“For their part, principals cannot be certain of the competence or diligence of the agents. Introducing agents (into the academic research on capital market behaviour) brings greater realism to asset-pricing models and, more importantly, gives a far better understanding of how capital markets function.” In Woolley’s own research, he has maintained the traditional assumption of fully rational behaviour by all participants. He admits that if he introduced elements of behavioural finance, where it is shown participants do not always behave rationally, the results would be even more complex. Financial intermediaries also have an added ability to capture what the economists call ‘rents’. Woolley says: “If a funds manager spots an investment opportunity with a known and certain pay-off, he can finance it directly from his own or borrowed funds and enjoy the full gain for himself. His client might like to participate and would be prepared to pay close to the full value of the gain in fees for the privilege.

The client would be in pocket so long as the investment, net of fees, gave him a return above the riskless rate. But whether he borrows the funds or raises them from the client, the fund manager captures the bulk of the gain thanks to his superior knowledge of available opportunities.” Another common theme in the centre’s research is the impact of momentum investing on markets and client returns. When momentum, which leads to mispricing of assets and can create bubbles, is combined with agent rent capture, they create a “perfect storm”. The technology bubble of the late 1990s is a good example of the impact of momentum. Tech stocks received an initial boost from fanciful expectations of future profits from technological progress, and primarily from the internet. Meanwhile, funds invested in the less-glamorous value sectors languished, prompting investors to lose confidence in their managers and switch to newly successful growth managers, which in turn boosted prices further. Some value managers even altered their style to include growth to avoid being fired.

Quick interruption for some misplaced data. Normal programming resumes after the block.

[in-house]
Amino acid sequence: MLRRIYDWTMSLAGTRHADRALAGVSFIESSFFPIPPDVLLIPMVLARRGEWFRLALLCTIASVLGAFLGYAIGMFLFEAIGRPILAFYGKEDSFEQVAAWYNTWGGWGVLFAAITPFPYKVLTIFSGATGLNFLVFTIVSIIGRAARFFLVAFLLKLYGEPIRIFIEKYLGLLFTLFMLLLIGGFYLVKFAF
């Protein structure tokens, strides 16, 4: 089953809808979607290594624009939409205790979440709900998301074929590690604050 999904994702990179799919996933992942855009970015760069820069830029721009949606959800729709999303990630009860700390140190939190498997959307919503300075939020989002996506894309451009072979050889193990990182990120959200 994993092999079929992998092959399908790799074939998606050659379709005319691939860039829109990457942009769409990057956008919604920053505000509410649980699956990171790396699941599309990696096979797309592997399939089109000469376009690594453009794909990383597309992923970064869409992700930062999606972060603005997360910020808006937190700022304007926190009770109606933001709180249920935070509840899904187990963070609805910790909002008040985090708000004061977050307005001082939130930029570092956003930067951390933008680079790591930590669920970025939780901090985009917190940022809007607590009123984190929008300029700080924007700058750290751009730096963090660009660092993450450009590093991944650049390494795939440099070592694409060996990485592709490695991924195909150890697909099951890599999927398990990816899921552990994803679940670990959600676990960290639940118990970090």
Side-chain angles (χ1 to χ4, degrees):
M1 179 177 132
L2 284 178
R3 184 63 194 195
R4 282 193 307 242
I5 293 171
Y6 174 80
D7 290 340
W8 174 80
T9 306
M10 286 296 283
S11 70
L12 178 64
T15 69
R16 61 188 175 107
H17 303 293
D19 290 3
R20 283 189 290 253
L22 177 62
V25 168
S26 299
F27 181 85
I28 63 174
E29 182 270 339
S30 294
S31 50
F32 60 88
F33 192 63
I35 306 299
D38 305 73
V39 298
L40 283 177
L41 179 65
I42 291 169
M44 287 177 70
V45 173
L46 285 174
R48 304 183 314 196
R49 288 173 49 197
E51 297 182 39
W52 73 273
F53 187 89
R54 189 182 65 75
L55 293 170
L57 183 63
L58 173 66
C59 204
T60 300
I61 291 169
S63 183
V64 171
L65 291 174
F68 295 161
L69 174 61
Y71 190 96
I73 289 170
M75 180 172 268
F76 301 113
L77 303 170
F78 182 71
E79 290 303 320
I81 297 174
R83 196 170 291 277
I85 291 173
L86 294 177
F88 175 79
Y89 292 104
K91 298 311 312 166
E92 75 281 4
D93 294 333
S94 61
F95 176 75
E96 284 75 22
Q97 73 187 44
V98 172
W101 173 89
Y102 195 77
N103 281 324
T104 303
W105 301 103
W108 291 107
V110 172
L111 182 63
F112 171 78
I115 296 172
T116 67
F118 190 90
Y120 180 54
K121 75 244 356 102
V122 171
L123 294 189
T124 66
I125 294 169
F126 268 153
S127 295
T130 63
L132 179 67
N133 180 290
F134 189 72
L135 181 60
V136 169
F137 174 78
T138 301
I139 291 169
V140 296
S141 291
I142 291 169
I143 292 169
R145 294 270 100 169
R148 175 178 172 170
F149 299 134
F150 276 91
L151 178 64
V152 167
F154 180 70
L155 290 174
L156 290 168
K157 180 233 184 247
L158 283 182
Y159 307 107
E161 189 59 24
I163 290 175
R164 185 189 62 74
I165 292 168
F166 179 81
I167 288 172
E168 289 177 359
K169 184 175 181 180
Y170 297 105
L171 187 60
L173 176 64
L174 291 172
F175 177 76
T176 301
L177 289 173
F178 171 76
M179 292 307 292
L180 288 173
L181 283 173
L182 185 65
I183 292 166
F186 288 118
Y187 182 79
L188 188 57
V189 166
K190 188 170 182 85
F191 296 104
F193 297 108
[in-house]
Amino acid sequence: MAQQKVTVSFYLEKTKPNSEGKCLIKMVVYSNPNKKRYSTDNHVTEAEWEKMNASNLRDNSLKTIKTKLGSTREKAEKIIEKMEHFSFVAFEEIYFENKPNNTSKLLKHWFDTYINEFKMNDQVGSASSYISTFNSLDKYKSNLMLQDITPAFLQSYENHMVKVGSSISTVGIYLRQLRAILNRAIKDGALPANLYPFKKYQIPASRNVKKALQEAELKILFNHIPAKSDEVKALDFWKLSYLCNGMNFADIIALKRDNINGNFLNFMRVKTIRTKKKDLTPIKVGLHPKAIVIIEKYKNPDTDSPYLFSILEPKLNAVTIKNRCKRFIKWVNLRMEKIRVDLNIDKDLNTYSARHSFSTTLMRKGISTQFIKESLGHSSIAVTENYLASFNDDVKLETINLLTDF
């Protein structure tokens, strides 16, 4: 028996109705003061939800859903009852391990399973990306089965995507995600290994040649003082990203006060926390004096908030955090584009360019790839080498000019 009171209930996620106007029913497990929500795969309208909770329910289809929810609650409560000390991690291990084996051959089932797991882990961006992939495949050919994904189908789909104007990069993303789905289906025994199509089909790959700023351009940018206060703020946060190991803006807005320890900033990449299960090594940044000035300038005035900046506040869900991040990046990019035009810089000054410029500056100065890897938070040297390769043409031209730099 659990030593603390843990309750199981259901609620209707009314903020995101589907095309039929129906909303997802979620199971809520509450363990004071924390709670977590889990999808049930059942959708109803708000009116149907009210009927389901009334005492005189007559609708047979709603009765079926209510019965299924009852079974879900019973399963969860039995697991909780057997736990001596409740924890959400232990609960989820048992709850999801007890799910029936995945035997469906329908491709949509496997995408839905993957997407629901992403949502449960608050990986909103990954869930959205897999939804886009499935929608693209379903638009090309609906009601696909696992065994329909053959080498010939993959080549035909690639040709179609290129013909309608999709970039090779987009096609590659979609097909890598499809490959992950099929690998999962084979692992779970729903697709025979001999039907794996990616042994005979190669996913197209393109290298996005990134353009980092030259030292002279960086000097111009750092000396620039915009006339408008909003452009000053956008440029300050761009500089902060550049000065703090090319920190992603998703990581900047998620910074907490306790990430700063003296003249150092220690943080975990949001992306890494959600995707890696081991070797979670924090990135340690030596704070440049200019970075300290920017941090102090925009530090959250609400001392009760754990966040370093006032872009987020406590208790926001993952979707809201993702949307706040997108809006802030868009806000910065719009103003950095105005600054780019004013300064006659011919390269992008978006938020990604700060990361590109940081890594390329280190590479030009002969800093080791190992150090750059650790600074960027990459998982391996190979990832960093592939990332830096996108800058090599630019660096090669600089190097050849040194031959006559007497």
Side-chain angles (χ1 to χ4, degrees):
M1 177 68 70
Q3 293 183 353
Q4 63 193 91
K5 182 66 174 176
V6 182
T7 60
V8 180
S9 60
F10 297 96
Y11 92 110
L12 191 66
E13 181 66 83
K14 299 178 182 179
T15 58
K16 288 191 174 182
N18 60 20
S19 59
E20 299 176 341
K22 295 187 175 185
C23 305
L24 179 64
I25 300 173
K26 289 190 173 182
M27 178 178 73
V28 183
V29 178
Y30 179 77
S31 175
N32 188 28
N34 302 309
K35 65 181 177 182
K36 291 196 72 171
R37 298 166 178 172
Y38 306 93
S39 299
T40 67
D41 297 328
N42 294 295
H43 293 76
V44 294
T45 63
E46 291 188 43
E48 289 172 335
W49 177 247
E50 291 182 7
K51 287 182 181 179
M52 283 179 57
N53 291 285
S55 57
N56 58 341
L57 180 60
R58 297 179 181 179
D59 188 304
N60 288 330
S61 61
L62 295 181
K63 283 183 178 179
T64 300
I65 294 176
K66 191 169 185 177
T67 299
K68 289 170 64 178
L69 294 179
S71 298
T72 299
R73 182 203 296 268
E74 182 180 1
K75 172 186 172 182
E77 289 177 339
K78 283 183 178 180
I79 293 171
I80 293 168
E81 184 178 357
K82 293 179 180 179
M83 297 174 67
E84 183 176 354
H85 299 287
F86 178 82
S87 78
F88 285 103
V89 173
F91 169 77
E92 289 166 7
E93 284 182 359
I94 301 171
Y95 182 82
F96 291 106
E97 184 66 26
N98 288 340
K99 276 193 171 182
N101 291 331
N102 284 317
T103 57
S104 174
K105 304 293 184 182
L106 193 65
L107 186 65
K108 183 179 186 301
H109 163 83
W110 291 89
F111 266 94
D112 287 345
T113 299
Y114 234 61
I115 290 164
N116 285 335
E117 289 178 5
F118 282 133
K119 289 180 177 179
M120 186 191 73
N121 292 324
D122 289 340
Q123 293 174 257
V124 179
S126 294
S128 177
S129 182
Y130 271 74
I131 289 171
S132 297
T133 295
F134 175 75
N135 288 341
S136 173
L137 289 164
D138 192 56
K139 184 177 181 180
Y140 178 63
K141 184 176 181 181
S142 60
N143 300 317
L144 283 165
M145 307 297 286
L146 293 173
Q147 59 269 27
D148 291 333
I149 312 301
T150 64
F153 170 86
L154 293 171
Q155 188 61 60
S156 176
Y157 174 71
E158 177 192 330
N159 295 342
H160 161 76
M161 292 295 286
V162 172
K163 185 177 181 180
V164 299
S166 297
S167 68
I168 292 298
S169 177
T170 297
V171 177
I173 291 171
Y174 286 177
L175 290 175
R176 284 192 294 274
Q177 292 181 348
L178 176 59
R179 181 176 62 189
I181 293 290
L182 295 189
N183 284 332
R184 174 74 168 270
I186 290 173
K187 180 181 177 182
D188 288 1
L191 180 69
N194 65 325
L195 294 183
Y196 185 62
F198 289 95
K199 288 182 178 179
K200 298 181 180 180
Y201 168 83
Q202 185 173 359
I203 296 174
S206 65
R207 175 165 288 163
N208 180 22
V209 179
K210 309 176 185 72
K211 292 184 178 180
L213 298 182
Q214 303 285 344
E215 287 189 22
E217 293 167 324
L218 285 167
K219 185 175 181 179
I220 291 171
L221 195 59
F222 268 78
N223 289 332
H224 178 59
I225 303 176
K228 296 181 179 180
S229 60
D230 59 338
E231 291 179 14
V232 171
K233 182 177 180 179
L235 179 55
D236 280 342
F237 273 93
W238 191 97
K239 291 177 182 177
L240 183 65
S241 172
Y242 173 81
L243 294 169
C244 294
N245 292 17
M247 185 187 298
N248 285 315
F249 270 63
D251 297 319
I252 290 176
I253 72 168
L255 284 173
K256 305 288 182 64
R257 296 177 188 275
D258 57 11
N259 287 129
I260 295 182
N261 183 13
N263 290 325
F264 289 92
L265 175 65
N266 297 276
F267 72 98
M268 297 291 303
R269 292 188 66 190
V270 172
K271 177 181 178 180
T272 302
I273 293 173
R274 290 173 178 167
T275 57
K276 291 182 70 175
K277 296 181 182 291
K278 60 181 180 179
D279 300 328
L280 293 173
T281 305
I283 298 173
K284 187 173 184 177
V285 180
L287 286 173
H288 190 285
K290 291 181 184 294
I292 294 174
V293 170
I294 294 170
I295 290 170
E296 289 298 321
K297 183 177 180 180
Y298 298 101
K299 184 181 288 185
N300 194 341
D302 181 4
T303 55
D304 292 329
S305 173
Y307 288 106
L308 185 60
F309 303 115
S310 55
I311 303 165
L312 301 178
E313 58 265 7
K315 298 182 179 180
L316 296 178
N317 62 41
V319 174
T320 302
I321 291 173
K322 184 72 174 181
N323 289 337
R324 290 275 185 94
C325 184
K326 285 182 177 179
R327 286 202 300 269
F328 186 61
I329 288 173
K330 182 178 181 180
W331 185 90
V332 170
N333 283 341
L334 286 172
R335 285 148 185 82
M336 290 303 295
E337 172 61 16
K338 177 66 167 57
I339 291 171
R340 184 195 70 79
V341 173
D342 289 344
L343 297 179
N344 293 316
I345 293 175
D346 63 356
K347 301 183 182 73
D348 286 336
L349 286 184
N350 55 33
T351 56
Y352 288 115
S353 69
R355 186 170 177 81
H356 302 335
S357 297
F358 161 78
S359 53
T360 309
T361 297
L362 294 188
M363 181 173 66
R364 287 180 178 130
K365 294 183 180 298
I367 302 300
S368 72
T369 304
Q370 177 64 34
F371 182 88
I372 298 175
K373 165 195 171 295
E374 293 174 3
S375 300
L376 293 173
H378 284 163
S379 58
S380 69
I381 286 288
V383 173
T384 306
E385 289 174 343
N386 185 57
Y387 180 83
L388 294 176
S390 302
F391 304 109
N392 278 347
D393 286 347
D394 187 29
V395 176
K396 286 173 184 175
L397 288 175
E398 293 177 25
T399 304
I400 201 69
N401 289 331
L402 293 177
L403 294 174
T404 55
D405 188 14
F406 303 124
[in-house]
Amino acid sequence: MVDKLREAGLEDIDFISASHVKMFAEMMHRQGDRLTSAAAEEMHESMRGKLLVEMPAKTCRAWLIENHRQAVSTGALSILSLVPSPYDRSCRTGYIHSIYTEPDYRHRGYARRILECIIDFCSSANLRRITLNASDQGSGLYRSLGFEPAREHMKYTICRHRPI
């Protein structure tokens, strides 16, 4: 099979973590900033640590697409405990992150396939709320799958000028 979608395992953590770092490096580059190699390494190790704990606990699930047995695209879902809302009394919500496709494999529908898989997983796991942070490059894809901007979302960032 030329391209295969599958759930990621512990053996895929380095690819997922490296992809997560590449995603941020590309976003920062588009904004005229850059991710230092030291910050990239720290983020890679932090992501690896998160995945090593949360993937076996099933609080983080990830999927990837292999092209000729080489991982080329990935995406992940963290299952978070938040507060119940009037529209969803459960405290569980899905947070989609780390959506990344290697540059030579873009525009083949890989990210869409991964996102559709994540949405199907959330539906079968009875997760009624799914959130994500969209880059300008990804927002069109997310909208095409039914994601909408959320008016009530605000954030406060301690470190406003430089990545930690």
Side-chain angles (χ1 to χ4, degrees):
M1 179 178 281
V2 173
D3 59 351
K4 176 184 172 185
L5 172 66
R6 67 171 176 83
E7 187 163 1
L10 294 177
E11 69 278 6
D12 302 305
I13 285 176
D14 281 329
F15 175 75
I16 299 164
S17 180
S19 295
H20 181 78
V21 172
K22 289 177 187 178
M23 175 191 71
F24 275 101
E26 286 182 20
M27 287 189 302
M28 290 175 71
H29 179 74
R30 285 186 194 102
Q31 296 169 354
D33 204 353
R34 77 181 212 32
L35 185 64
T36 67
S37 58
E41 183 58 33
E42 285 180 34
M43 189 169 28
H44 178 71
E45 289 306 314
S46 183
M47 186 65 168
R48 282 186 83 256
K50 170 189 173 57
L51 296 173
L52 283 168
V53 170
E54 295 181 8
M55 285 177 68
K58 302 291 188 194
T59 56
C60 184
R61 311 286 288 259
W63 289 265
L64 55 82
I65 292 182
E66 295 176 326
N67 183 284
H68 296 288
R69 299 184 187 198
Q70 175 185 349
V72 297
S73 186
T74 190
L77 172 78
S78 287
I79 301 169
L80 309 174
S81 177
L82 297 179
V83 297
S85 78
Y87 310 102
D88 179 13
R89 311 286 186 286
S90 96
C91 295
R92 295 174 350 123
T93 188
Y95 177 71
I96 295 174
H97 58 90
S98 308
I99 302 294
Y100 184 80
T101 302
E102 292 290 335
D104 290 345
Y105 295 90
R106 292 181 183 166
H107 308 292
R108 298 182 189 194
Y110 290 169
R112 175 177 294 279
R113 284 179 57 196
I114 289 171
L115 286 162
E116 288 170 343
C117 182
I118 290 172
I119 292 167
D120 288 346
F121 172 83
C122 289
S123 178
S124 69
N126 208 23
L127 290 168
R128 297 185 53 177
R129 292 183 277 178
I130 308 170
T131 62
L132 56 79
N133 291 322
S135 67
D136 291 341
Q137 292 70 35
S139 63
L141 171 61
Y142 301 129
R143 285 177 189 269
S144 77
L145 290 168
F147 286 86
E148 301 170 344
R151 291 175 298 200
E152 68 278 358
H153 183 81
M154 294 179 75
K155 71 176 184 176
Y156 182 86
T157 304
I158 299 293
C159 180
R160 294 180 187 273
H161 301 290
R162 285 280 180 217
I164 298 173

The trend accelerates in an environment when investors’ horizons are shortened, notwithstanding the fundamental liability profiles of pension funds. Woolley says that the length of time investors hold securities – portfolio turnover – is a good indicator of short-termism, which he believes has been a feature of capital markets for the past two decades. “Turnover on the major equity exchanges is now running at 150 per cent per annum of aggregate market capitalisation, which implies average holding periods of eight months. The growth in trading of derivatives, most of which have maturities of less than a year, is also symptomatic of shortening horizons,” he says. “Fund managers have a choice between investing based on fair value and momentum investing, or some combination of the two. Those who are impatient for results or who have no ability or desire to undertake the hard work of fundamental analysis to find cheap stocks, will use momentum. “In fact, over the short run, momentum is usually the best bet. There is a self-fulfilling element here because the more investors use a momentum strategy the more likely it will work. “Momentum trading and the distortions to which it gives rise are part and parcel of the trend towards the increasing short-termism and high trading volumes in finance. Both have their origins in principal/ agent problems and both contribute to the loss of social utility.”

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